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[i carry your heart with me(i carry it in]
BY E. E. CUMMINGS
i carry your heart with me(i carry it in
my heart)i am never without it(anywhere
i go you go,my dear;and whatever is done
by only me is your doing,my darling)
                                      i fear
no fate(for you are my fate,my sweet)i want
no world(for beautiful you are my world,my true)
and it’s you are whatever a moon has always meant <-------------
and whatever a sun will always sing is you

here is the deepest secret nobody knows
(here is the root of the root and the bud of the bud
and the sky of the sky of a tree called life;which grows
higher than soul can hope or mind can hide)
and this is the wonder that's keeping the stars apart

i carry your heart(i carry it in my heart)

source


and it’s you are whatever a moon has always meant

I've never seen such a grammatical form before and I'm inquisitive about where it comes from and what does the sentence mean although I might have a dim idea.

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e e cummings is famous for not merely breaking grammatical convention, but smashing it to a bloody screaming pulp with a hammer. Basically, he's combining multiple sentence fragments together into one place, evoking images of complete sentences without actually writing any complete sentences.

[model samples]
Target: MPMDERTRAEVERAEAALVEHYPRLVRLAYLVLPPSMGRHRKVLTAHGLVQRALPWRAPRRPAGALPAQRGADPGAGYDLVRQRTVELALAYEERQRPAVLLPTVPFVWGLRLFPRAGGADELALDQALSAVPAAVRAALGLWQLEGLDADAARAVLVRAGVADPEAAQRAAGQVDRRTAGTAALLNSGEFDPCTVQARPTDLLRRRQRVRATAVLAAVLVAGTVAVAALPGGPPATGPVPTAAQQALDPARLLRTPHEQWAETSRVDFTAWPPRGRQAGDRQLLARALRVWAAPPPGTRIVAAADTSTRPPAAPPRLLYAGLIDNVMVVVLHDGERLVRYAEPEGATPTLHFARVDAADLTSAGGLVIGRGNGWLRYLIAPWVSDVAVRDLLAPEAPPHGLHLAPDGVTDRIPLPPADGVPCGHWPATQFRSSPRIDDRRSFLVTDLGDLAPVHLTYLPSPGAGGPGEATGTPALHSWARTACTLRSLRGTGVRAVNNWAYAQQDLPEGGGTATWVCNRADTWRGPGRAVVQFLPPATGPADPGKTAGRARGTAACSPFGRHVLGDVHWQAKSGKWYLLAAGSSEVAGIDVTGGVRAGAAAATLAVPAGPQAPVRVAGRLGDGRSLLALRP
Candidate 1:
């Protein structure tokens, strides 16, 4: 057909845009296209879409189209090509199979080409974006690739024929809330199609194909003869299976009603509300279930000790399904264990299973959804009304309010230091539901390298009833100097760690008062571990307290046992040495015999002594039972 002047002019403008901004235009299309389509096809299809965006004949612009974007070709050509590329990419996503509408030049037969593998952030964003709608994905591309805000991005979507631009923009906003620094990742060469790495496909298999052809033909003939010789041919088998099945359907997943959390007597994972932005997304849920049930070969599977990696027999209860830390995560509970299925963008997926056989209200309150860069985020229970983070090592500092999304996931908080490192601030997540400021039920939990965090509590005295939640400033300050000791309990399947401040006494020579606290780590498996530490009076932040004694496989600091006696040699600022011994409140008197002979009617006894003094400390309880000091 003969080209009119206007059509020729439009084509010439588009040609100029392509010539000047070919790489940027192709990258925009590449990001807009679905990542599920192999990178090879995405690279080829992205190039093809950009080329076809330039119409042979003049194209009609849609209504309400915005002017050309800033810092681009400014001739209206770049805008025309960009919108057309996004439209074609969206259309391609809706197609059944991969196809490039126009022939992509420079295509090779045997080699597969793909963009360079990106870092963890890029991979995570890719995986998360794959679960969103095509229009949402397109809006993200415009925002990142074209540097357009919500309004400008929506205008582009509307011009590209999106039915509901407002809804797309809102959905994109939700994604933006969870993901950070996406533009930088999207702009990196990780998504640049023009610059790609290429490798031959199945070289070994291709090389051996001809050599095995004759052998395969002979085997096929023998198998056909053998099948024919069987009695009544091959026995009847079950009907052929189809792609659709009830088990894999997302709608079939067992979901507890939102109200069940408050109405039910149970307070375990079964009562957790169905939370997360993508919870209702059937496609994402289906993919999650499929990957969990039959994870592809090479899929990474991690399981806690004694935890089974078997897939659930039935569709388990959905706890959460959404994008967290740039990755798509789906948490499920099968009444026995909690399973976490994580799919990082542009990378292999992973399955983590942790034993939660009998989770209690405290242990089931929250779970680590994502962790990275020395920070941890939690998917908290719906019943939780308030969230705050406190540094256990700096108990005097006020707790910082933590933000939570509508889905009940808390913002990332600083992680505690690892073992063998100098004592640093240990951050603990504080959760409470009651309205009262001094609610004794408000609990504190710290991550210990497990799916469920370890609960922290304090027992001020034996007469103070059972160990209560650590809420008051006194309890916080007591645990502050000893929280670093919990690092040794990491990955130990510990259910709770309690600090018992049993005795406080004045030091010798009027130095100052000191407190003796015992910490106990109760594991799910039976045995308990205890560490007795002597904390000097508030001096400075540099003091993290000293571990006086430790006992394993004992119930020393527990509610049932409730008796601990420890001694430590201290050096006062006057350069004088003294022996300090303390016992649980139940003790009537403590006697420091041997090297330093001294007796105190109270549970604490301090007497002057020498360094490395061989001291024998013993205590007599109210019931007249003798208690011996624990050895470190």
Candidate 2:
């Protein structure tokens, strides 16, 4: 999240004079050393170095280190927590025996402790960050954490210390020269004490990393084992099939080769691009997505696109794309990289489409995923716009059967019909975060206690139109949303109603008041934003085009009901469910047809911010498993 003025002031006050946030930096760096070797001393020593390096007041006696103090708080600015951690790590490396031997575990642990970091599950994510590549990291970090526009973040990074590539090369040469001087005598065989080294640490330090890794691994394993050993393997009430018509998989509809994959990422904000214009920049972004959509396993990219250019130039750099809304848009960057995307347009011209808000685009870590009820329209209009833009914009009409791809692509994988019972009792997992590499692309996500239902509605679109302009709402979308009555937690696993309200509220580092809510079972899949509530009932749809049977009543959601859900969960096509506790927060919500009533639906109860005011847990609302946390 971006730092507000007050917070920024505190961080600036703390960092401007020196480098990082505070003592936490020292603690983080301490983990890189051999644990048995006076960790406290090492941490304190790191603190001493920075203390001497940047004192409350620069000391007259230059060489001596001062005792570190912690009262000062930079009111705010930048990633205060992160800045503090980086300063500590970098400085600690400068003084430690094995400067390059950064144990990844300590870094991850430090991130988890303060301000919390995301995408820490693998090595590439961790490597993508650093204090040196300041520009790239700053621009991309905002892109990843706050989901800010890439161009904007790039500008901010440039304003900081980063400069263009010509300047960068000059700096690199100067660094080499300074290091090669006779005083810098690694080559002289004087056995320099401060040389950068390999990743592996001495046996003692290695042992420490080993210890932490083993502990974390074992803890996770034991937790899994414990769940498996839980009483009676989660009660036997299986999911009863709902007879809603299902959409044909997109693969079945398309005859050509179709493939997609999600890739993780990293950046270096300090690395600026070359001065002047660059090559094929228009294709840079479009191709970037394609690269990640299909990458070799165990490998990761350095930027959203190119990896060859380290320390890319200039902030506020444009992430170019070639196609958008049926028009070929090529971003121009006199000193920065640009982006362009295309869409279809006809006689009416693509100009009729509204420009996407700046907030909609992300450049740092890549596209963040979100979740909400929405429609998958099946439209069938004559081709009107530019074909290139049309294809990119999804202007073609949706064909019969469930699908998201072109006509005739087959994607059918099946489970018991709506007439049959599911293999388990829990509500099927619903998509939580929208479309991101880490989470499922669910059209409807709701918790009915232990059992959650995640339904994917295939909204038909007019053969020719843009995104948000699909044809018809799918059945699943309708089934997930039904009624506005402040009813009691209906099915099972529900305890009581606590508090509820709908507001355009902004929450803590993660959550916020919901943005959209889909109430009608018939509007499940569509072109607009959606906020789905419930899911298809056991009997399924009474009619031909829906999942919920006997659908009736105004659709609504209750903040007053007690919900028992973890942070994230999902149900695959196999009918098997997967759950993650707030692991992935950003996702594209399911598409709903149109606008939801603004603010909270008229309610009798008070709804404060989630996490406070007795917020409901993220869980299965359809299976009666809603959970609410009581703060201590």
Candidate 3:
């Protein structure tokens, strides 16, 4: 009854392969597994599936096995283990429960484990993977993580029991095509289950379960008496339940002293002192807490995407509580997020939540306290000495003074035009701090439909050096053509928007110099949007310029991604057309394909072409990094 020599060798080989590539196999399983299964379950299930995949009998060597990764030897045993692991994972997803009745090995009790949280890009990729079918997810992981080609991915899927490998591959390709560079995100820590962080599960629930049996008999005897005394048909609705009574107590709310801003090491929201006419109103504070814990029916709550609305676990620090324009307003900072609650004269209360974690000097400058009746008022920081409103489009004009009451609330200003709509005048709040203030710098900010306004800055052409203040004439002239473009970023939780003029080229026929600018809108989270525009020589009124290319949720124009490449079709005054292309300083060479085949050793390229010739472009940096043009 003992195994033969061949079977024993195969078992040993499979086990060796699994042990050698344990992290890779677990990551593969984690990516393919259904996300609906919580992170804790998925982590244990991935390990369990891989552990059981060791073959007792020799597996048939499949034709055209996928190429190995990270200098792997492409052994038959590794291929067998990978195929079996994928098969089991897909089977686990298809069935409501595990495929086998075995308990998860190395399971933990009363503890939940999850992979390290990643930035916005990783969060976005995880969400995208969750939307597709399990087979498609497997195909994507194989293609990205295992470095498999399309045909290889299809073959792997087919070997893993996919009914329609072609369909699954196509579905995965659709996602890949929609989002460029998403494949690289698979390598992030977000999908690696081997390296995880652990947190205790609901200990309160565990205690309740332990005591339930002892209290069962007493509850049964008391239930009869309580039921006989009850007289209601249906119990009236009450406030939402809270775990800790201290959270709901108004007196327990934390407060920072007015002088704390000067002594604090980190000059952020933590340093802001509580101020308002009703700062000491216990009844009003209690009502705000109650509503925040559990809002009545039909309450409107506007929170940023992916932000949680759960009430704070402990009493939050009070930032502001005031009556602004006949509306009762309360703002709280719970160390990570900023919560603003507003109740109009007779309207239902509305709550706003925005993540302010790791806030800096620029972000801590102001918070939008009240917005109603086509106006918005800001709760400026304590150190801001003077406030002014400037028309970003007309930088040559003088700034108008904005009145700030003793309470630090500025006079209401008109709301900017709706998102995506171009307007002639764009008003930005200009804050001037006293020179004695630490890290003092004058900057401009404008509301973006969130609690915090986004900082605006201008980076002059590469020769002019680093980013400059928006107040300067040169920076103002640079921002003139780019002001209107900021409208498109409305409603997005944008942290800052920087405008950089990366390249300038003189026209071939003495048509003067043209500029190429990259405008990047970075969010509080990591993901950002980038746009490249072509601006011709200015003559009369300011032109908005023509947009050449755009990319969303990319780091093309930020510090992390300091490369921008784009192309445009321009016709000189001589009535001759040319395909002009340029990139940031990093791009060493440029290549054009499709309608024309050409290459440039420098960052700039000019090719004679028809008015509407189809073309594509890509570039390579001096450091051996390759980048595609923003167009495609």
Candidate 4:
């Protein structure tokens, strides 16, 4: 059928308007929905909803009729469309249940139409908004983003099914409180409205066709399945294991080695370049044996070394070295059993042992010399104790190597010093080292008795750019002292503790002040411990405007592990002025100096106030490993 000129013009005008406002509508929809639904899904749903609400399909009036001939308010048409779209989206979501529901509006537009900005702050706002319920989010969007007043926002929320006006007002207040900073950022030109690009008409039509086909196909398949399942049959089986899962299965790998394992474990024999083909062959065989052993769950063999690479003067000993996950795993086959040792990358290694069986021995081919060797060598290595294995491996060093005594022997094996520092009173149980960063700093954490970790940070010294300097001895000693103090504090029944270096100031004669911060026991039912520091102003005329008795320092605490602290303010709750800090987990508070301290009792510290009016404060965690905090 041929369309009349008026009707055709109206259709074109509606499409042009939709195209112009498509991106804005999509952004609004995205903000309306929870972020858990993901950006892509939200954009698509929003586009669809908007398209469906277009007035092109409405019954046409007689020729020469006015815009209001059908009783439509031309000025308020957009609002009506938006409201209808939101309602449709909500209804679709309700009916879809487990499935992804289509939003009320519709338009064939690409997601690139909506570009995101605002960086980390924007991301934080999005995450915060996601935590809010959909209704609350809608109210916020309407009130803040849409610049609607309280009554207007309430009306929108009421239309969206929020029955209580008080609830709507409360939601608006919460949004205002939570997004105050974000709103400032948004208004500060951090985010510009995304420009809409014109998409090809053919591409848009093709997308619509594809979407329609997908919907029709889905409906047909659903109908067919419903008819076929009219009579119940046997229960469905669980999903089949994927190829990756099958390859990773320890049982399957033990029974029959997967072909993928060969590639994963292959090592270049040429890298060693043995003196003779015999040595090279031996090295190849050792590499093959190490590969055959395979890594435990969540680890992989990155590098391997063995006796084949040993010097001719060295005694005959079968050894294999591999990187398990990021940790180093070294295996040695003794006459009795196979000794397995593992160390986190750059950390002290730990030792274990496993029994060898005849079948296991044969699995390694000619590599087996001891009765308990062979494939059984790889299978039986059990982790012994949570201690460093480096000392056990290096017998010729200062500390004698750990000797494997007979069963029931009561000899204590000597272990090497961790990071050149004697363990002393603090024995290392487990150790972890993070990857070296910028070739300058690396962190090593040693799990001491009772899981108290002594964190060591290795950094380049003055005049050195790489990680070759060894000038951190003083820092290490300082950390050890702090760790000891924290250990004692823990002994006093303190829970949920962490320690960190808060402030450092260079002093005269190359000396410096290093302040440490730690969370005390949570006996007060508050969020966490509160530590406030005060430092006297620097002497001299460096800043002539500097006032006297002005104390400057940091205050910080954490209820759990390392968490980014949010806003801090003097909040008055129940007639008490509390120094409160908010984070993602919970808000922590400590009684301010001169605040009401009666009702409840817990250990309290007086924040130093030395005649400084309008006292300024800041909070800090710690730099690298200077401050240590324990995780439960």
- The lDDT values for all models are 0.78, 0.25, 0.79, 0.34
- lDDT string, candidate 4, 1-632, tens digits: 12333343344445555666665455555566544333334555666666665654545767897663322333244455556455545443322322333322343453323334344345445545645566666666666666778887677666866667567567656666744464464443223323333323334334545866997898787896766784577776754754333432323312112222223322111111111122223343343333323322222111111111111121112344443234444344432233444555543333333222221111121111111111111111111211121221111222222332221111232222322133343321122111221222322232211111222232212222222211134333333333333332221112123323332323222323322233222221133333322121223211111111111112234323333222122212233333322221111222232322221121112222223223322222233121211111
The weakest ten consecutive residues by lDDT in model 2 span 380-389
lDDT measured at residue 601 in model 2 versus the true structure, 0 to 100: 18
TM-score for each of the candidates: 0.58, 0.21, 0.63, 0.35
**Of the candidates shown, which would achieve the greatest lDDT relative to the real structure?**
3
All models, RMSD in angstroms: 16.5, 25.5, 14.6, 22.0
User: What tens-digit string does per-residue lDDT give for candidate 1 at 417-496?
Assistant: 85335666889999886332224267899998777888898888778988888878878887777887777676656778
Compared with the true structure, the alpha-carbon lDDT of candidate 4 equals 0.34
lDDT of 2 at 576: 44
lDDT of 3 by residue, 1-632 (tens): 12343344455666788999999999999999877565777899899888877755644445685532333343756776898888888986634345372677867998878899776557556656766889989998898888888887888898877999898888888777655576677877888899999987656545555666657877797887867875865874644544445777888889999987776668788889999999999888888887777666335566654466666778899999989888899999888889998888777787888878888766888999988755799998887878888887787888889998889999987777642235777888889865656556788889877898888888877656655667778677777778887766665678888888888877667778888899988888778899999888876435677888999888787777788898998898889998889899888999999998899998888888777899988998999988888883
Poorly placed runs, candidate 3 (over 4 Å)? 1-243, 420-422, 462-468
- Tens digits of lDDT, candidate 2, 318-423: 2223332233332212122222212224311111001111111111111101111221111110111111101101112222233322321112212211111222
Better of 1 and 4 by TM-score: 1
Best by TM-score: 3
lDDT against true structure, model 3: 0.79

Please note that reading poetry can be a very personal experience, and multiple interpretations can be valid. That said, let's analyze this a little.

and it’s you are whatever a moon has always meant

As you can tell, this is not grammatical. But it does contain two complete thoughts which each work together.

and it's you

you are whatever a moon has always meant

If you wanted to make this grammatical and easier to understand, you might be able to get away with adding a single word, "who".

And it's you who are whatever a moon has always meant.

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